Scalding milk is the recommended solution for excessive lipase. The breastmilk is still chock full of immunities and nutrients for your baby, scalding is the safest way to reduce the lipase, which as you can see is making the milk taste unpleasant. Lipase is the enzyme that breaks down fat in the milk.
Per the Breastfeeding Answer Book, page 229, "If the mother finds after freezeing and thawing that her milk has a rancid smell, she can prevent this from occurring in the future by heating her expressed milk to a scald (bubbling around the edges but not boiling) right after collecting it, and then quickly cooling and freezing it. Scalding inactivates the lipase (Lawrence and Lawrence p. 696). Once the milk has acquired the rancid smell, however, treating the milk will not help. It is not known whether or not this milk is safe for the baby; however most babies refuse it.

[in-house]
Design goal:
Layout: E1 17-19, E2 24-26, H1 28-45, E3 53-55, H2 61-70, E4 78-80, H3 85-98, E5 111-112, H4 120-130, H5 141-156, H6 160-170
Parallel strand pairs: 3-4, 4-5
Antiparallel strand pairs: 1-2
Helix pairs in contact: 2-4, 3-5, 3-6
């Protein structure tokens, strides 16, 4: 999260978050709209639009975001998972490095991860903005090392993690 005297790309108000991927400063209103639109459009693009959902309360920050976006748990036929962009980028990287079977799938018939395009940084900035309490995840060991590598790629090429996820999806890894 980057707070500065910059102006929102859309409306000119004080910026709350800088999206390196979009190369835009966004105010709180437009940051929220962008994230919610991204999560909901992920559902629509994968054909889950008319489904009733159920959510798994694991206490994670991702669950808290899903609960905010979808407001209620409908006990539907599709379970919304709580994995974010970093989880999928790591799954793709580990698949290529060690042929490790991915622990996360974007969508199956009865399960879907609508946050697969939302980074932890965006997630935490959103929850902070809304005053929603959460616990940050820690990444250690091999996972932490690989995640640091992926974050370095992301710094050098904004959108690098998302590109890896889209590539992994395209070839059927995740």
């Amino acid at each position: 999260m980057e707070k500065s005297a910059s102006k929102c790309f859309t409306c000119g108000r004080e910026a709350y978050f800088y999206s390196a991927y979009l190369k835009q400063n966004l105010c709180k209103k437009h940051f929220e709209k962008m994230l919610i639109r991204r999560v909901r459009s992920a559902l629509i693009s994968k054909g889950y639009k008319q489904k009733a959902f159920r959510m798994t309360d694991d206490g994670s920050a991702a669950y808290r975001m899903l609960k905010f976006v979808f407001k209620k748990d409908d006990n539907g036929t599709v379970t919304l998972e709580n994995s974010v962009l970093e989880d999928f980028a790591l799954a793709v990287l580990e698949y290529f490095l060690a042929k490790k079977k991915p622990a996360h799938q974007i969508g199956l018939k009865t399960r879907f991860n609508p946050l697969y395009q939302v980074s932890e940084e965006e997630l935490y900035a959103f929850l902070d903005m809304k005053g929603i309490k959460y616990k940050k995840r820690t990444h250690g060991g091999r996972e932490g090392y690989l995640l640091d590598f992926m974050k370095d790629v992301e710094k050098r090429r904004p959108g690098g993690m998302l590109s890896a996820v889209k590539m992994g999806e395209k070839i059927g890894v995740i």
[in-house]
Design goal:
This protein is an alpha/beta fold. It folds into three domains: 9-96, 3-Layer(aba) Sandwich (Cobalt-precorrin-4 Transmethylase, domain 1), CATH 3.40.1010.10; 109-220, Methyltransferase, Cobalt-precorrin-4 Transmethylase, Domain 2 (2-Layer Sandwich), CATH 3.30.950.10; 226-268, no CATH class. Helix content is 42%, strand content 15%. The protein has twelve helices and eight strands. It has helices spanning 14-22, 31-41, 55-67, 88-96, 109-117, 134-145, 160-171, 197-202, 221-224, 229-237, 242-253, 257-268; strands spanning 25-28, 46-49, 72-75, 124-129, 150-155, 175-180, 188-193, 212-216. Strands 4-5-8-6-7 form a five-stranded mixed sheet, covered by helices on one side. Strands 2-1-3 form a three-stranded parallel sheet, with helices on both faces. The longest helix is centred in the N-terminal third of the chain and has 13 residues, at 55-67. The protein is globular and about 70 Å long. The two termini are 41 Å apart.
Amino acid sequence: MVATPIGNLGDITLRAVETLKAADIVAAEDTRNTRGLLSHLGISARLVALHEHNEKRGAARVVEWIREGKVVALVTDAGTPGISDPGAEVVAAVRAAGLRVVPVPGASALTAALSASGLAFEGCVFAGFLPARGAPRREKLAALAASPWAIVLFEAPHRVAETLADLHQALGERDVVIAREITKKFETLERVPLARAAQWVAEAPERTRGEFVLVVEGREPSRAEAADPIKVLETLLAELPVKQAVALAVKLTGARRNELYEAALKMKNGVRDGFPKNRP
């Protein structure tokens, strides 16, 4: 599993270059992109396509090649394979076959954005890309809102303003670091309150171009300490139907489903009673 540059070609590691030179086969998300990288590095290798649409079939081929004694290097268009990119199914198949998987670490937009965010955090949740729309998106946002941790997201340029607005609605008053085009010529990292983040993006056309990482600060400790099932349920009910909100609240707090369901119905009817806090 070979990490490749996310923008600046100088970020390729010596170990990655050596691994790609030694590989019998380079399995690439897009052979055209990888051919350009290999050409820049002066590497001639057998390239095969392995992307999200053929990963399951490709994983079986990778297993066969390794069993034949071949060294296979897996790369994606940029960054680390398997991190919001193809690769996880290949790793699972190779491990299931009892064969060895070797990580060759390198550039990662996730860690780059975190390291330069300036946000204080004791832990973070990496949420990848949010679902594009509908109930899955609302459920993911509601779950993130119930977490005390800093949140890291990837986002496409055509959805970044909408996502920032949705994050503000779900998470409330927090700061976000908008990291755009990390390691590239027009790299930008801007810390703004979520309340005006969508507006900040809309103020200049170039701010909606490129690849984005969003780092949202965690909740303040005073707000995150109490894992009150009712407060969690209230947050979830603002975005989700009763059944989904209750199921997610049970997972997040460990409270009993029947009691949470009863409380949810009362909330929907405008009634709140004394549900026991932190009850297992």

Some mothers have reported a slightly soapy smell to their frozen milk after it was thawed. This change in smell has been attributed to changes in the milk fats related to storage in self-defrosting refrigerators-freezers; it has not been found to be harmful to the baby (Lawrence and Lawrence, p.696)."
These above guidelines are assuming baby is healthy and full-term, if you have a premature baby the guidelines may be different,
check with your baby's doctor.